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Being Criticized, Undermined, And Dismissed – The New Normal Once Hooked By A Sociopath

Husband Liar Sociopath

Every week, a chapter of my book, “Husband, Liar, Sociopath: How He Lied, Why I Fell For It & The Painful Lessons Learned” (available via, just click on the title or book cover) will be published here on Lovefraud. To read prior chapters, please see the links at the bottom of the post.

Chapter 37A: “It’s Like Déjà Vu All Over Again.” (Yogi Berra)

After the first seven years of my doomed marriage, Paul and I had “bottomed out,” and I almost left. Seven years later, our marriage was back on life support. By then, Jessica was twelve and Daniel almost nine. I was miserable. Nothing I did was ever right. If I made breakfast for Paul, he said he was too busy to eat breakfast together. “Can’t you see how busy I am? Why are you trying to slow me down?” If the next morning I made breakfast for only the kids and me, he rolled his eyes and suggested I was inconsiderate for not including him—that of course he had planned to have breakfast with the family, but now he was so hurt because I had excluded him that he just wanted to get to work.

If Daniel had trouble in a class and I mentioned that I was going to talk to his teacher, Paul accused me of meddling. When Daniel had trouble with a class four months later and I said I was going to let him work it out, Paul chided me for not demanding a conference with the teacher. “Why didn’t you meet with the teacher months ago?” I know life is complicated and no two people will ever see a situation exactly the same way, but I felt that if I said “black,” Paul would say “white.” If I said “white,” he would say “black” as a matter of principle. As in a formal debate, there were always good reasons for his “black” to my “white” or his “white” to my “black,” but it was unrelenting, depressing, and exhausting. Was I really that incompetent and unkind that nothing I did was right, well intentioned, or reasonable?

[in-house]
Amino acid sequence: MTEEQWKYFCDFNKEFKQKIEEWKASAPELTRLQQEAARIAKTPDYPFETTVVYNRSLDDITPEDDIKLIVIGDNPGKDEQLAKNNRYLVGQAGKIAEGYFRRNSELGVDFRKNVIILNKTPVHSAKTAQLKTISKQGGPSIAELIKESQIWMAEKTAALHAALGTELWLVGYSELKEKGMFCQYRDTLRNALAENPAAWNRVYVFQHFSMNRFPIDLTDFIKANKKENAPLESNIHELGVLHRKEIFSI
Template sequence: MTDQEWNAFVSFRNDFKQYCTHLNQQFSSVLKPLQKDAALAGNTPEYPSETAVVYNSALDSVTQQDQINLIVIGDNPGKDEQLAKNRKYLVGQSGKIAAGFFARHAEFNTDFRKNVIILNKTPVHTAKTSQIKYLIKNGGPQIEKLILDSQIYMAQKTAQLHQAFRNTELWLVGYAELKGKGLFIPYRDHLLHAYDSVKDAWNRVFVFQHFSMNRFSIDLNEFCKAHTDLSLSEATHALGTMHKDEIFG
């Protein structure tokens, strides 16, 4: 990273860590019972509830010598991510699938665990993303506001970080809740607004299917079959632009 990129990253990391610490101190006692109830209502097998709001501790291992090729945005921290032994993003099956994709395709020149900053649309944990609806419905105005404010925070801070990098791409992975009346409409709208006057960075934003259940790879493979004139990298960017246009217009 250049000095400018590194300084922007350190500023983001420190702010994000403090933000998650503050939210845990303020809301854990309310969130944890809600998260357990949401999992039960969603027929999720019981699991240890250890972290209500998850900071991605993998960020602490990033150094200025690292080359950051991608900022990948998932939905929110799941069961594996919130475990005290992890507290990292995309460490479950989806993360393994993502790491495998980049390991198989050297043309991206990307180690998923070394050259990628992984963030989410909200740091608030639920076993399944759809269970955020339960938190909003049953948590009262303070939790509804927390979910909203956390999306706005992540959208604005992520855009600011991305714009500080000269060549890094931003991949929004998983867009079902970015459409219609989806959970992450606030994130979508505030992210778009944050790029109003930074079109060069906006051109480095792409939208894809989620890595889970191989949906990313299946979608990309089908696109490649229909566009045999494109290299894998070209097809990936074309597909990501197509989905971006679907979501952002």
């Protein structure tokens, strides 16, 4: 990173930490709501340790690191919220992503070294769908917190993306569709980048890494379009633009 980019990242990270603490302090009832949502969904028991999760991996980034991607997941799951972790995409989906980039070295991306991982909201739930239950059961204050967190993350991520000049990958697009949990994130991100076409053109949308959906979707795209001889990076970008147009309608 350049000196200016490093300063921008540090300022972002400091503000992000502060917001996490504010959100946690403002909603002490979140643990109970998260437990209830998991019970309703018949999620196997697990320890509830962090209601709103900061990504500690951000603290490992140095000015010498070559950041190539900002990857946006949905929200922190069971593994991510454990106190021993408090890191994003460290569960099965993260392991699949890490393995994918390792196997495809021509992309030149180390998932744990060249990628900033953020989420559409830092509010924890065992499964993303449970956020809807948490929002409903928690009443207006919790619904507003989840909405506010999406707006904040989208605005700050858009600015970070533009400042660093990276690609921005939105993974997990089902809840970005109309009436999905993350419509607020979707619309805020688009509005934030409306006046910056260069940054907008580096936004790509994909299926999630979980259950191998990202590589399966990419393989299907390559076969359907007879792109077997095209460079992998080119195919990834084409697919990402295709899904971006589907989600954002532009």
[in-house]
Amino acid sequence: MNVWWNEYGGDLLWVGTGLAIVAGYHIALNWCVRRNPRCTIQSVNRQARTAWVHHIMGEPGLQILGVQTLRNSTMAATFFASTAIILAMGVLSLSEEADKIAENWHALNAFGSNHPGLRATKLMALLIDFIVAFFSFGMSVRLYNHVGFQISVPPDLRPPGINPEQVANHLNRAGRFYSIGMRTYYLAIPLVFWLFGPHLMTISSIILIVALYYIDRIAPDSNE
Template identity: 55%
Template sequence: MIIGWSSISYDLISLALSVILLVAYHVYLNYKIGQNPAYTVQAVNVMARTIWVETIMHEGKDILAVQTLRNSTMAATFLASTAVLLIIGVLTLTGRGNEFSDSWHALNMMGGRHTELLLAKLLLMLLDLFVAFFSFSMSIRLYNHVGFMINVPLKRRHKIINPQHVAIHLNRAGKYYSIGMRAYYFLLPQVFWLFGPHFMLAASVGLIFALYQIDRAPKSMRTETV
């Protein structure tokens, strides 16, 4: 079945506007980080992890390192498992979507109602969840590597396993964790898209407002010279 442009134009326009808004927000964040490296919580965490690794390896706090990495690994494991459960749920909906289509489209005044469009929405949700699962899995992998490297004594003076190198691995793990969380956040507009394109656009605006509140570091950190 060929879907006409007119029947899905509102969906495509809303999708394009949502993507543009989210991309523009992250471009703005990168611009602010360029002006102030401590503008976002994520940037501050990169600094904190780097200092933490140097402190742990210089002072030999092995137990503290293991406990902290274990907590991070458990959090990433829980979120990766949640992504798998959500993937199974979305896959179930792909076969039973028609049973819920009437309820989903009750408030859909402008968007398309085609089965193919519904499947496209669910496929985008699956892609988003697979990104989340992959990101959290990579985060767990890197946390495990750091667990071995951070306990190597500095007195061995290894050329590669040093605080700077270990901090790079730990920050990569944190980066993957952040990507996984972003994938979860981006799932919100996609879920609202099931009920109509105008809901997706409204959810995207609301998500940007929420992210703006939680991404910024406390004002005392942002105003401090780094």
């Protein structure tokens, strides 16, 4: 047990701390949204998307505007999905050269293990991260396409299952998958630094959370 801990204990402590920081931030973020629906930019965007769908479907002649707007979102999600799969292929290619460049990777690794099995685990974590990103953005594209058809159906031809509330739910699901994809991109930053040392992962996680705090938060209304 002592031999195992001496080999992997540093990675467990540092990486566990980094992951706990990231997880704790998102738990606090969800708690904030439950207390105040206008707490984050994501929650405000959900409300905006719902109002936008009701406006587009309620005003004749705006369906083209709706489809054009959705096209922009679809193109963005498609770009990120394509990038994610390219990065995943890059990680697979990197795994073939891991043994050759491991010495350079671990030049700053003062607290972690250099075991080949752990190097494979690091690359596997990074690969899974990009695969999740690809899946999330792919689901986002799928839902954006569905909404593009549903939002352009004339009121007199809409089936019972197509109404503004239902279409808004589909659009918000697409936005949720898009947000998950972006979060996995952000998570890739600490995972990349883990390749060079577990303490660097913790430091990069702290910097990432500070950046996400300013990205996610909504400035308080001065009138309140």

Contradicting me was always so well couched in sincerity, subtle character assassination, or the almighty backwards “Paul logic” that no battle seemed worth fighting or, if waged, was winnable.

Even though his office was just a town away, Paul rarely came home before 8:00 p.m. and often did not return home until 10:00, ostensibly due to oppressive work demands. Once home, he would make something to eat and then crash in front of the television. He rarely ate the food I had prepared earlier for the kids and me. If I suggested he come home to join us for dinner and then work at home, he told me that was impossible, because he needed to be available to his clients constantly. This made no sense, because with cell phones and laptop computers, Paul was available to his clients twenty-four hours a day, seven days a week no matter where he was.

With his “work schedule” filling all of Paul’s waking hours once again, his involvement with the children hovered at zero. I accepted his excuses and got used to functioning on my own as a virtually single parent. It hurt too much to expect Paul to be an involved father and husband and to have those expectations dashed continually or to be chided for having them at all. So, both consciously and unconsciously, I got used to his lack of emotional connection with Jessica, Daniel, and me as well as his minimal participation in our lives. But, like building a pyramid, once I accepted certain excuses as normal, this laid the foundation for the next level of excuses, and those for the next and the next. Still, there were occasions when Paul’s behavior was so selfish and callous that it cracked the walls of my defenses, shining a small spotlight onto his dark heart.

When Jessica was thirteen years old, she developed an unusual medical condition. Extensive, invasive tests were required to confirm the diagnosis. If the diagnosis was correct, several years of medical treatment lay ahead. She was scared.